I called into the Midnight Rider hosted by Mike Chambers. Read on and find out what I learned thus far in doing this
I use some common Linux tools to remotely support my Grandparents’ PC. These tools are SSH and X11vnc. X11vnc lets me take over the display, and the VNC traffic is tunneled with SSH. They can be a bit of work to set up, but work beautifully.
This is the third article in a series highlighting lesser known applications for Linux. These articles will be a bit Ubuntu-centric, but these applications should run nicely on your distribution of choice. This installment will review applications that aid in writing screenplays, plays, and novels. It varies somewhat from the previous two articles in that it does reference a couple of better known applications for Linux, although it discusses some of the lesser known ways to use them.
September 1, 2007 will see the official launch ofOpenEMR HQ, a solutions provider offering several"enterprise level" EMR solutions to small to mid-sized clinics. The service will offer both hosted and on-site installations of theOpenEMR electronic medical records software package and a pre-configured, semi-managed appliance called"EMR-RACK" which promises to offer clinics an easy and affordable way to implement OpenEMR. They will also provide customization, development, installation, support, and training services to clinics worldwide.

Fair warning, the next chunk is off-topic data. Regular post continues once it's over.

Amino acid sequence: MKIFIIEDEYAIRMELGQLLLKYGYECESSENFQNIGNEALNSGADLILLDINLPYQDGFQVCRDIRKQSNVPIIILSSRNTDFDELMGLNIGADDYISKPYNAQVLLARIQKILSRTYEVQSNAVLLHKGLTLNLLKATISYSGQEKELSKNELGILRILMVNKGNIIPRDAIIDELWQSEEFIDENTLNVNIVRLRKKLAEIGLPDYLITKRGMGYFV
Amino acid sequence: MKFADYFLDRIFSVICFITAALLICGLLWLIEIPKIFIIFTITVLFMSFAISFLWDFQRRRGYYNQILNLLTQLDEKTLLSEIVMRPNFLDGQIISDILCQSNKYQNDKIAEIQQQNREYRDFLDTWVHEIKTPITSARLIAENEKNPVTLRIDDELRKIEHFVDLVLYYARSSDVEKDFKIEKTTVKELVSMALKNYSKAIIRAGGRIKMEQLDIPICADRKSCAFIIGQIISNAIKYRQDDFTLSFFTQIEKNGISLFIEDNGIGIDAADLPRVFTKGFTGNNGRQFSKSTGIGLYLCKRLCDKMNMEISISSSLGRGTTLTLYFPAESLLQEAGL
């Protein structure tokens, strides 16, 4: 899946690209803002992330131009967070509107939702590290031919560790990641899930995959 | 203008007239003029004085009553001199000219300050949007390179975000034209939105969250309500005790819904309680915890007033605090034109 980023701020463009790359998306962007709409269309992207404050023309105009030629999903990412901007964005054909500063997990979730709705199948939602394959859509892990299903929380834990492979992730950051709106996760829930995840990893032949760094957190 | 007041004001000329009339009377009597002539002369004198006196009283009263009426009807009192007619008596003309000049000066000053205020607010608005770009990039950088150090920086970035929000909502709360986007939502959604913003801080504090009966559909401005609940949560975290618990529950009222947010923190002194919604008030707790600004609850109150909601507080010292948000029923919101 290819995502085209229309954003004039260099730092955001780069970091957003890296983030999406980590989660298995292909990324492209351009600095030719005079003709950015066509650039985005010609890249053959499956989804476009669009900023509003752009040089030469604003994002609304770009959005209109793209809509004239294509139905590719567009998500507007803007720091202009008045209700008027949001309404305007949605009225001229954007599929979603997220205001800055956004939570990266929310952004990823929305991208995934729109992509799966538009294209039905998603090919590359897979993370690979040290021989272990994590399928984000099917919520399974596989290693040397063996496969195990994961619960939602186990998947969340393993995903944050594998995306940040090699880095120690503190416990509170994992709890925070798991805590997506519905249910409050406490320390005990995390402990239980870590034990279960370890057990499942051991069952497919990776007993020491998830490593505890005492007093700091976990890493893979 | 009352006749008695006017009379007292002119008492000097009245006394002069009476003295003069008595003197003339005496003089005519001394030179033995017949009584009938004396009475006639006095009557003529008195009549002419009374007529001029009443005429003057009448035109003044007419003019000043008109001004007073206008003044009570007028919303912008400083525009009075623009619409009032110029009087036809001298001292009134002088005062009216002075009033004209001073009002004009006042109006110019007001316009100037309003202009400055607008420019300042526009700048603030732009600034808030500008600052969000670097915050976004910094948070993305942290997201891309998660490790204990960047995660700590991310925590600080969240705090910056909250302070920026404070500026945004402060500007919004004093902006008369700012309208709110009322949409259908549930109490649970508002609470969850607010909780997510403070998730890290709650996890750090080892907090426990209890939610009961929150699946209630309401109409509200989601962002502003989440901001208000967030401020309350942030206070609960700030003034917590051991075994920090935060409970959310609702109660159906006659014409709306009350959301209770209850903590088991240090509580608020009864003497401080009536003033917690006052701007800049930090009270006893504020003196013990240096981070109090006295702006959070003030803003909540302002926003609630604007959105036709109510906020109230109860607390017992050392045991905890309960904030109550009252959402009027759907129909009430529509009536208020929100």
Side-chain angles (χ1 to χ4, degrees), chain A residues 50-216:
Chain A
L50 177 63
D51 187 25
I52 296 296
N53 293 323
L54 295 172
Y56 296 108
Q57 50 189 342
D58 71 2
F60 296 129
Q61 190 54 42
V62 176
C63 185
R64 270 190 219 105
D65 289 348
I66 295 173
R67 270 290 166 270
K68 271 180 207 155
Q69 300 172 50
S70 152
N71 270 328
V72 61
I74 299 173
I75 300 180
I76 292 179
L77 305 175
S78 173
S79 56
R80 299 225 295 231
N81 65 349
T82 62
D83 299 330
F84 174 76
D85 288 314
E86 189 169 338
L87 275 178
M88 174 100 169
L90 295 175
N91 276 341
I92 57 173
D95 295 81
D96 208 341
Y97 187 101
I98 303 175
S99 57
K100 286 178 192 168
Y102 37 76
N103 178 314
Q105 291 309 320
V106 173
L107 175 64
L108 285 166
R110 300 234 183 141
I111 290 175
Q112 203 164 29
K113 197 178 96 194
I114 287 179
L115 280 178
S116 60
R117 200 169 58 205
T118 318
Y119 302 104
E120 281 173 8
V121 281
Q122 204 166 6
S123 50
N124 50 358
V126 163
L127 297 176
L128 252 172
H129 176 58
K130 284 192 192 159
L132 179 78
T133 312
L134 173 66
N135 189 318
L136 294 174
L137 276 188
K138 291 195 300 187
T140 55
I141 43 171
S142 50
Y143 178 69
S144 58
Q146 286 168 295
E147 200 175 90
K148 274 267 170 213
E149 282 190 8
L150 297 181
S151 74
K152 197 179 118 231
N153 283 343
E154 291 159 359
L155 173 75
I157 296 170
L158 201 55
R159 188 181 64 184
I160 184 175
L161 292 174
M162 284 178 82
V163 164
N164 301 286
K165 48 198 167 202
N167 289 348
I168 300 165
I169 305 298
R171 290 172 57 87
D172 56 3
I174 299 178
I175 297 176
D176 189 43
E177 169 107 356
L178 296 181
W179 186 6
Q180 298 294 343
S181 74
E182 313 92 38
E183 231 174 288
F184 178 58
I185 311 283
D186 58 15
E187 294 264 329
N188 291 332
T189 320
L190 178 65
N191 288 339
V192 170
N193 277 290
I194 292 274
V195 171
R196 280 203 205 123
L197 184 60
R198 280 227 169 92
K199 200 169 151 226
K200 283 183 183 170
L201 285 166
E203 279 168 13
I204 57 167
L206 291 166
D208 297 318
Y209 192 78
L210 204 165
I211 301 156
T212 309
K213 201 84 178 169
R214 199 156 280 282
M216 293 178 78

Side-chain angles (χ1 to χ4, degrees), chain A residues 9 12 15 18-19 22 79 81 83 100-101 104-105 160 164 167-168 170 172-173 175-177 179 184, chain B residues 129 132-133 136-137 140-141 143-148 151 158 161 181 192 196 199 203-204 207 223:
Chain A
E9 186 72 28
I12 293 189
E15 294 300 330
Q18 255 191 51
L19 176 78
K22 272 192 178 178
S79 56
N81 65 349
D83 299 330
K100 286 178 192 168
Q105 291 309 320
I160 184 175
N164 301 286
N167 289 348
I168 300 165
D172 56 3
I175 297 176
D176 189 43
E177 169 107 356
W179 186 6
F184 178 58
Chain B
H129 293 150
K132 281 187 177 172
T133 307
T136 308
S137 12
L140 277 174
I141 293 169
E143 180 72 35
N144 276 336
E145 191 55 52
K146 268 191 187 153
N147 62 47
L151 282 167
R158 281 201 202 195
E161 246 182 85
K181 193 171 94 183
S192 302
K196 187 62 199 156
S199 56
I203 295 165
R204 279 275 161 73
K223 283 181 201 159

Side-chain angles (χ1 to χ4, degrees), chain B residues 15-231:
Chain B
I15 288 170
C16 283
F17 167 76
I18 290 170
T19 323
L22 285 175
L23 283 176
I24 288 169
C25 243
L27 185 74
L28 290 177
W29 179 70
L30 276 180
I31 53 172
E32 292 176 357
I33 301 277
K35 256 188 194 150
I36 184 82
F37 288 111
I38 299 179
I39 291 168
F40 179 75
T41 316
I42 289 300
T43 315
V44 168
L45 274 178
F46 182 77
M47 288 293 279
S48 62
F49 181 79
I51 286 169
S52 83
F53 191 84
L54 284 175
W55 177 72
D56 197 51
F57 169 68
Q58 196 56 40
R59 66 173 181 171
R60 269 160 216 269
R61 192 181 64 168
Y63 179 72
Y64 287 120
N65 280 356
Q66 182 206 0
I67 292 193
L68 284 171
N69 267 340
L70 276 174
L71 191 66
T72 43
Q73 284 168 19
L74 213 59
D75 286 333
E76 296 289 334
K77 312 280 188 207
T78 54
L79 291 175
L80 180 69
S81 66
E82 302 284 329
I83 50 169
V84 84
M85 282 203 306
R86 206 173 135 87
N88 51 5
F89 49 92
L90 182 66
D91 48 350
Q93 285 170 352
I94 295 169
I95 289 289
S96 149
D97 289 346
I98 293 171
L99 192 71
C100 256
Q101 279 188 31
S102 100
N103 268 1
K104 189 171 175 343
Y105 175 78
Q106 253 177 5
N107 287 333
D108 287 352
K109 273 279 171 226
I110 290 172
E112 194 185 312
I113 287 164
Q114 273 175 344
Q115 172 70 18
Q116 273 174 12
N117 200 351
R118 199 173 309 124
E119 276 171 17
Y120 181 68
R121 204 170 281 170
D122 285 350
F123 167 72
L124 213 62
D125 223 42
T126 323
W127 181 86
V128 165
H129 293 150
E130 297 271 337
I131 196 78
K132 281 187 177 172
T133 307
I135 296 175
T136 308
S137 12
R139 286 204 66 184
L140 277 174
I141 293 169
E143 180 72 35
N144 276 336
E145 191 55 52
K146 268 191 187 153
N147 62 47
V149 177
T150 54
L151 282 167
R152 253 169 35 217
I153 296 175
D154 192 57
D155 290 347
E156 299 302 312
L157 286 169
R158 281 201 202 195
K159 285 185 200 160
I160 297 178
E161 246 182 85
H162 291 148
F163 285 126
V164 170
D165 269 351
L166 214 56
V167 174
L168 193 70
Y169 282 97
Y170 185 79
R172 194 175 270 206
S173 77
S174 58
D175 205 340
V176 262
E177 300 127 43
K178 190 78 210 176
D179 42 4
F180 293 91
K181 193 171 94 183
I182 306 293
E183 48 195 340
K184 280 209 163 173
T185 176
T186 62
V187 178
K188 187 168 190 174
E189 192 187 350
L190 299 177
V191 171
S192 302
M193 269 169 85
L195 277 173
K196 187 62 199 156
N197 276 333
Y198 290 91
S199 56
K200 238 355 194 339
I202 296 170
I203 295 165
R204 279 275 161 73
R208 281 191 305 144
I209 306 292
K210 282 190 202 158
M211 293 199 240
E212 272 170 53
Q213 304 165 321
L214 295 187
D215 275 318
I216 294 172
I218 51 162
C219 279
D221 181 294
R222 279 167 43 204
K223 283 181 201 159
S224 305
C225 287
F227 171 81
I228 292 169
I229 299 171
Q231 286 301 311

Is this a joke? I only recently started paying attention to Windows Home Server, since I tend to focus more on desktop operating systems and enterprise server systems. So I didn't realize until now that WHS is really just a vanilla file server. There's nothing wrong with being an ordinary file server for the home. After all, with many home users having multiple computers and gigabytes of music, photos and movies, it's well past time for homes to start having simple-to-use file servers. But, why pay extra for it?
If your UNIX system lacks a tool you need, chances are you can find an apt solution in the enormous inventory of software available online. This month, learn how to build software from source code. There are instances where the software you need is available but is not (yet) part of any repository. Given the predominance of package management, most software comes bundled in a form you can download and install using the package manager. However, because any number of versions and flavors of UNIX are available, it can be difficult to offer every application in each package manager format for each particular variation. If your UNIX installation is mainstream and enjoys a large, popular following, chances are better that you'll find the software prebuilt and ready to use. Otherwise, it's time to roll up your sleeves and prepare to build the software yourself.